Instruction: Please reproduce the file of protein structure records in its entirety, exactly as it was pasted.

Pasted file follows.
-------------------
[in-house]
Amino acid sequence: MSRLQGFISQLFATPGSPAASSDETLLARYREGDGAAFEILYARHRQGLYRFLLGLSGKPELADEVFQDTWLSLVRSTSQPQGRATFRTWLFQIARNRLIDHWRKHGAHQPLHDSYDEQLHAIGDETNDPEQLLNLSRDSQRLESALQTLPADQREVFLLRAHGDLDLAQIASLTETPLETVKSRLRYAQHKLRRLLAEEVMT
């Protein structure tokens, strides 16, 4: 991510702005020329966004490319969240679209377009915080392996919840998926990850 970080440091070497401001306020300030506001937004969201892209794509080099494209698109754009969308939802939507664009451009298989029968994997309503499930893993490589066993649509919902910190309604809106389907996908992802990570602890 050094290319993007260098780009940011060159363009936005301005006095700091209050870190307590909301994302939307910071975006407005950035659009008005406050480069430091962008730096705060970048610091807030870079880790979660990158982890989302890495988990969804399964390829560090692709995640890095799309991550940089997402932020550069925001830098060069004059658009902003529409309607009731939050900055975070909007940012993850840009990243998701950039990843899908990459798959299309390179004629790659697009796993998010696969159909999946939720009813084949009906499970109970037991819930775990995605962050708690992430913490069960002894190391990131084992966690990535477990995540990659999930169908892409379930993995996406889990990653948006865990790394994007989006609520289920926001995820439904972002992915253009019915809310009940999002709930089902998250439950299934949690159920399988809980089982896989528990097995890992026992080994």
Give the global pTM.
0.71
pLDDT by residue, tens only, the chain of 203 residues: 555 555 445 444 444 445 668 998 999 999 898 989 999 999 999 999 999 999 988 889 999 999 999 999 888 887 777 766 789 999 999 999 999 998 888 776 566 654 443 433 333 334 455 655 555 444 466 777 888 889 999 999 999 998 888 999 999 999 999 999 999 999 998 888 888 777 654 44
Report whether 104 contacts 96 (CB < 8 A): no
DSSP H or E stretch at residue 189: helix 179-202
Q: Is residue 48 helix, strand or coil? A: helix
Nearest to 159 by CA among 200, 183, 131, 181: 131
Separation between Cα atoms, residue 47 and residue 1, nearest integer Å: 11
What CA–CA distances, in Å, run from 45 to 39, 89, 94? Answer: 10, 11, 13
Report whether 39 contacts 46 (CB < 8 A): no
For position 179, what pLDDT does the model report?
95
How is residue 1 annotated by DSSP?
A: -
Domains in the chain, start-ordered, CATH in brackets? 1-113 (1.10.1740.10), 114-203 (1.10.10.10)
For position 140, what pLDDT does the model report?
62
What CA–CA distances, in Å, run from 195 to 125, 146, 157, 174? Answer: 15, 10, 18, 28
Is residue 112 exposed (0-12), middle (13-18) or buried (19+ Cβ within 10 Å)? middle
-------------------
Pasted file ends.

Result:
[in-house]
Amino acid sequence: MSRLQGFISQLFATPGSPAASSDETLLARYREGDGAAFEILYARHRQGLYRFLLGLSGKPELADEVFQDTWLSLVRSTSQPQGRATFRTWLFQIARNRLIDHWRKHGAHQPLHDSYDEQLHAIGDETNDPEQLLNLSRDSQRLESALQTLPADQREVFLLRAHGDLDLAQIASLTETPLETVKSRLRYAQHKLRRLLAEEVMT
């Protein structure tokens, strides 16, 4: 991510702005020329966004490319969240679209377009915080392996919840998926990850 970080440091070497401001306020300030506001937004969201892209794509080099494209698109754009969308939802939507664009451009298989029968994997309503499930893993490589066993649509919902910190309604809106389907996908992802990570602890 050094290319993007260098780009940011060159363009936005301005006095700091209050870190307590909301994302939307910071975006407005950035659009008005406050480069430091962008730096705060970048610091807030870079880790979660990158982890989302890495988990969804399964390829560090692709995640890095799309991550940089997402932020550069925001830098060069004059658009902003529409309607009731939050900055975070909007940012993850840009990243998701950039990843899908990459798959299309390179004629790659697009796993998010696969159909999946939720009813084949009906499970109970037991819930775990995605962050708690992430913490069960002894190391990131084992966690990535477990995540990659999930169908892409379930993995996406889990990653948006865990790394994007989006609520289920926001995820439904972002992915253009019915809310009940999002709930089902998250439950299934949690159920399988809980089982896989528990097995890992026992080994």
Give the global pTM.
0.71
pLDDT by residue, tens only, the chain of 203 residues: 555 555 445 444 444 445 668 998 999 999 898 989 999 999 999 999 999 999 988 889 999 999 999 999 888 887 777 766 789 999 999 999 999 998 888 776 566 654 443 433 333 334 455 655 555 444 466 777 888 889 999 999 999 998 888 999 999 999 999 999 999 999 998 888 888 777 654 44
Report whether 104 contacts 96 (CB < 8 A): no
DSSP H or E stretch at residue 189: helix 179-202
Q: Is residue 48 helix, strand or coil? A: helix
Nearest to 159 by CA among 200, 183, 131, 181: 131
Separation between Cα atoms, residue 47 and residue 1, nearest integer Å: 11
What CA–CA distances, in Å, run from 45 to 39, 89, 94? Answer: 10, 11, 13
Report whether 39 contacts 46 (CB < 8 A): no
For position 179, what pLDDT does the model report?
95
How is residue 1 annotated by DSSP?
A: -
Domains in the chain, start-ordered, CATH in brackets? 1-113 (1.10.1740.10), 114-203 (1.10.10.10)
For position 140, what pLDDT does the model report?
62
What CA–CA distances, in Å, run from 195 to 125, 146, 157, 174? Answer: 15, 10, 18, 28
Is residue 112 exposed (0-12), middle (13-18) or buried (19+ Cβ within 10 Å)? middle